Preduodenal Portal Vein (PDPV) is reported such as a very rare anomaly that causes CDO and associated with duodenal stenosis and Down syndrome, differently of the presented case that didn’t present any malformations associated   . Kouwenberg M et al., 2008, reported 5 patients with PDPV  in a 25 years retrospective study. Chen QJ et al., 2014, reported only 2 cases of PDPV in 287 newborns (0.7%) in 10 years (2003-12)  . Surgical correction was similar to the literature that is duodenoduodenostomy anastomosis through a Diamond-Shape     .
In this report, a term neonate had a good birth weight and presented high intestinal obstruction symptoms since he was born, while literature states 20% of premature and delayed presentation  . Literature states malrotation in 31% - 60% of the cases, such as in this neonate   . There were no other associated anomalies.
Prenatal diagnosis of CDO provides important data for a proper management for the neonatal team and helps to prepare a better surgery conditions, besides permit family counseling 11. Other study states that complication is significantly small in the prenatal diagnosis group of CDO when compared with the group without prenatal diagnosis, but it didn’t affect mortality or morbidity in both of them  . Meanwhile, some authors state that “timely diagnosis and aggressive surgery are key” to improve prognosis  .
In conclusion, a complex entity with various etiologies and concomitante disorders  , we strongly recommend that in a presence of a newborn with CDO, with prenatal polyhydramnios and with the described symptoms, double-bobble image at the X-ray, Pediatric Surgeons investigate PDPV if intrinsic or extrinsic cause for CDO isn’t identified. A prenatal detailed evaluation should be done in all suspected cases with those signs of CDO, searching for associated cardiovascular and other anomalies, due to preparing all the medical team and program an adequate family counseling.
 Bailey, P.V., Tracy, T.F., Connors, R.H., Mooney, D.P., Lewis, J.E. and Weber, T.R. (1993) Congenital Duodenal Obstruction: A 32-Year Review. Journal of Pediatric Surgery, 28, 92-95.
 Fernandes, E.T., Burton, E.M., Hixson, S.D. and Hollabaugh, R.S. (1990) Preduodenal Portal Vein: Surgery and radiographic appearance. Journal of Pediatric Surgery, 25, 1270-1272.
 Mordehai, J., Cohen, Z., Kurzbart, E. and Mares, A.J. (2002) Preduodenal Portal Vein Causing Duodenal Obstruction Associated with Situs Inversus, Intestinal Malrotation, and Polysplenia: A Case Report. Journal of Pediatric Surgery, 37, 1-3.
 Kouwenbertg, M, Kapusta, L., van der Staak, F.H. and Severijnen, R.S. (2008) Preduodenal Portal Vein and Malrotation: What Causes the Obstruction? European Journal of Pediatric Surgery, 18, 153-155.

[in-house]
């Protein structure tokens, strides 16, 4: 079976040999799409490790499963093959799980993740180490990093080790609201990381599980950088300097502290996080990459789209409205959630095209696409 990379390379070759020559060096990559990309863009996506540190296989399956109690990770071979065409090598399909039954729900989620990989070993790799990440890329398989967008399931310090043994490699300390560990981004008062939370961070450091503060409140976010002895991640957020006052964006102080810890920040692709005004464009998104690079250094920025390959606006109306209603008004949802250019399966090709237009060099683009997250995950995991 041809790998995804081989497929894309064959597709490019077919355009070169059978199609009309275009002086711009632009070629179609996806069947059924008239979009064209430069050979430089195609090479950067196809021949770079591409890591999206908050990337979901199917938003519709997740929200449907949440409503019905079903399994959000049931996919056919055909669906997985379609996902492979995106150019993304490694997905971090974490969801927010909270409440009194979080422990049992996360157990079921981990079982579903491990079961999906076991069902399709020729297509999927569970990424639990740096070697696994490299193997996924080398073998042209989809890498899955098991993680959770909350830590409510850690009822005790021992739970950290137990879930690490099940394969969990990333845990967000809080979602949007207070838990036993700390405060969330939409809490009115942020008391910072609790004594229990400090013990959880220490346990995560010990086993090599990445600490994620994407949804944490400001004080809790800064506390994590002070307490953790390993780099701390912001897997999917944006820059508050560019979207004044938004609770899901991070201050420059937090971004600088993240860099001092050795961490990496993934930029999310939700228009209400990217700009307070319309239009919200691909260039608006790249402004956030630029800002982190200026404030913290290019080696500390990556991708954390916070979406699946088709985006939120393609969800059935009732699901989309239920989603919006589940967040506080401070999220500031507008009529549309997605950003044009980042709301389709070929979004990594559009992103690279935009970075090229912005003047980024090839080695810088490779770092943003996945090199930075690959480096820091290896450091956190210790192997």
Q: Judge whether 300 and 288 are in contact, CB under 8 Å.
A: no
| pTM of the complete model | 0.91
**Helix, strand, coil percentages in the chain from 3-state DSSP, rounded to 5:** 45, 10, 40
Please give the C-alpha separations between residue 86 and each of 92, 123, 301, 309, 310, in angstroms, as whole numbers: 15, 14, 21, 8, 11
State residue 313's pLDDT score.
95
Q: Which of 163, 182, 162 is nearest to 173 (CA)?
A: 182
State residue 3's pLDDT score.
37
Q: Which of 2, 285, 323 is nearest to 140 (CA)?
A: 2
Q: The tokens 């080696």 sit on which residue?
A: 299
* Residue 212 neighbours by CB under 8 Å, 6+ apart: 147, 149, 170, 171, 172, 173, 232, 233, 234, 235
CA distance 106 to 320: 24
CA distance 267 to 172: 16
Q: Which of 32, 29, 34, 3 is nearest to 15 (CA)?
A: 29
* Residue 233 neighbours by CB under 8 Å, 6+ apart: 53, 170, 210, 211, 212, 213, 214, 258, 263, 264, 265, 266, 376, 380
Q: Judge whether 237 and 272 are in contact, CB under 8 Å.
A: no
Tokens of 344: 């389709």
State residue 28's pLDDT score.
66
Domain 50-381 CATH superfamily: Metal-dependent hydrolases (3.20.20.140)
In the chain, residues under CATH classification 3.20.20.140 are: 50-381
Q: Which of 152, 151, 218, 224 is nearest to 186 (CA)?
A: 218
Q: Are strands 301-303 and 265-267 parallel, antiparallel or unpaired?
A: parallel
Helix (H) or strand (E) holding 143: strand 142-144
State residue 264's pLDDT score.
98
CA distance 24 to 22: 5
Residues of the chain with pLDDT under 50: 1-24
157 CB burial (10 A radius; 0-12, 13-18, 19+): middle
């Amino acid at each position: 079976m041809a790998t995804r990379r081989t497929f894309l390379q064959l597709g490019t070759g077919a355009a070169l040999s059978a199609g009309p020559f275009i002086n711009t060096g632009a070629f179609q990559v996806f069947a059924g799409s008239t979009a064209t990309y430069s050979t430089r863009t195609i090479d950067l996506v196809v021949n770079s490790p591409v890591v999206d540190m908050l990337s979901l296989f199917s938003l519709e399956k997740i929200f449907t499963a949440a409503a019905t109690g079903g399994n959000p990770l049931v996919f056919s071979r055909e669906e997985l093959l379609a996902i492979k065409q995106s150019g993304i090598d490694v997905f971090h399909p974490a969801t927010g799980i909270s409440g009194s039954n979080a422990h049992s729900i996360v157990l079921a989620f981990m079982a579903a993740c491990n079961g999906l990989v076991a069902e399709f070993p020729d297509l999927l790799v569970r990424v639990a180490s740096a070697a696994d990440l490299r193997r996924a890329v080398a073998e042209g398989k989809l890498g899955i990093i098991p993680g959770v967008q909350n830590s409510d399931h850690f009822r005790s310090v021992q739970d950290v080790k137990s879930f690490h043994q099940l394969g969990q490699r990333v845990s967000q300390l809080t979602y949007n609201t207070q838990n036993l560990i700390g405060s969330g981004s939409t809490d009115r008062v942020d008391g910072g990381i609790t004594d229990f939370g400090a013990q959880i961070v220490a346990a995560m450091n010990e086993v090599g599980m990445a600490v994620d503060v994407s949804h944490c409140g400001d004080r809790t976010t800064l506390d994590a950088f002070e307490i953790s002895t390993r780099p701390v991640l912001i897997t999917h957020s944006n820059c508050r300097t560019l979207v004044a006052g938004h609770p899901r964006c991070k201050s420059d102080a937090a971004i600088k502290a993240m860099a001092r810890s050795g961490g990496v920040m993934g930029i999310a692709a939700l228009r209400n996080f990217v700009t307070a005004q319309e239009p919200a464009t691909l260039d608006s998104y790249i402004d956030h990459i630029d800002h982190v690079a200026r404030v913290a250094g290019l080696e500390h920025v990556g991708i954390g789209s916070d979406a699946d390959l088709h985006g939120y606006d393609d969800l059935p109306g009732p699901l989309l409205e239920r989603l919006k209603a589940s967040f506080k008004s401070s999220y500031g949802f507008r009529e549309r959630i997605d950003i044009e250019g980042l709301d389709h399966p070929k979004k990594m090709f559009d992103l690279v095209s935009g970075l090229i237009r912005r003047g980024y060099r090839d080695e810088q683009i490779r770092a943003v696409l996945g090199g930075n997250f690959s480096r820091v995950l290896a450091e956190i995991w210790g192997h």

Chen, Q.J., Gao, Z.G., Tou, J.F., Qian, Y.Z., Xiong, Q.X. and Shu, Q. (2014) Congenital Duodenal Obstruction in Neonates: A Decade’s Experience from One Center. World Journal of Pediatrics, 10, 238-244.
 Singal, A.K., Bamu, C., Paul, S. and Matthai, J. (2009) Preduodenual Portal Vein in Association with Midgut Malrotarion and Duodenal Web-Triple Anomaly? Journal of Pediatric Surgery, 44, e5-e7.
 Talus, H., Roohipur, R., Depaz, H. and Adu, A.K. (2006) Preduodenal Portal Vein Causing Duodenal Obstruction in an Adult. Journal of the American College of Surgeons, 202, 552-553.
 Bittencourt, D.G., Bartini, R., Marba, S. and Sbragia, L. (2004) Congenital Duodenal Obstruction: Does Prenatal Diagnosis Improve the Outcome? Pediatric Surgery International, 20, 582-585.
 Savran, B., Adigüzel, ü., Yüksel, K.B., Seven, A., Fazli, O., Kabil Kucur, S. and Öztürk Gözükara, I. (2016) The Importance of Antenatal Diagnosis of Congenital Duodenal Obstruction. Irish Journal of Medical Science, 185, 695-698.
 Choi, S.O. and Park, W.H. (1995) Preduodenal Portal Vein: A Cause of Prenatally Diagnosed Duodenal Obstruction. Journal of Pediatric Surgery, 30, 1521-1522.
 Etienne, D., John, A., Menias, C.O., Ward, R., Tubbs, R.S. and Loukas, M. (2012) Annular Pancreas: A Review of Its Molecular Embryology, Genetic Basis and Clinical Considerations. Annals of Anatomy, 194, 422-428.
 Nakajima, J., Takahashi, H., Suda, K., Suzuki, S., Sato, S., Hayashi, Y. and Kawashima, H. (2015) A 15-Year Old Boy with Congenital Duodenal Stenosis Due to Food Impaction. Pediatric Emergency Care, 31, 132-134.
 Vilakazi, M., Ismail, F., Swanepoel, H.M., Muller, E.W. and Lockhat, Z.I. (2014) Duodenal Obstruction Due to a Preduodenal Portal Vein. African Journal of Paediatric Surgery, 11, 359-361.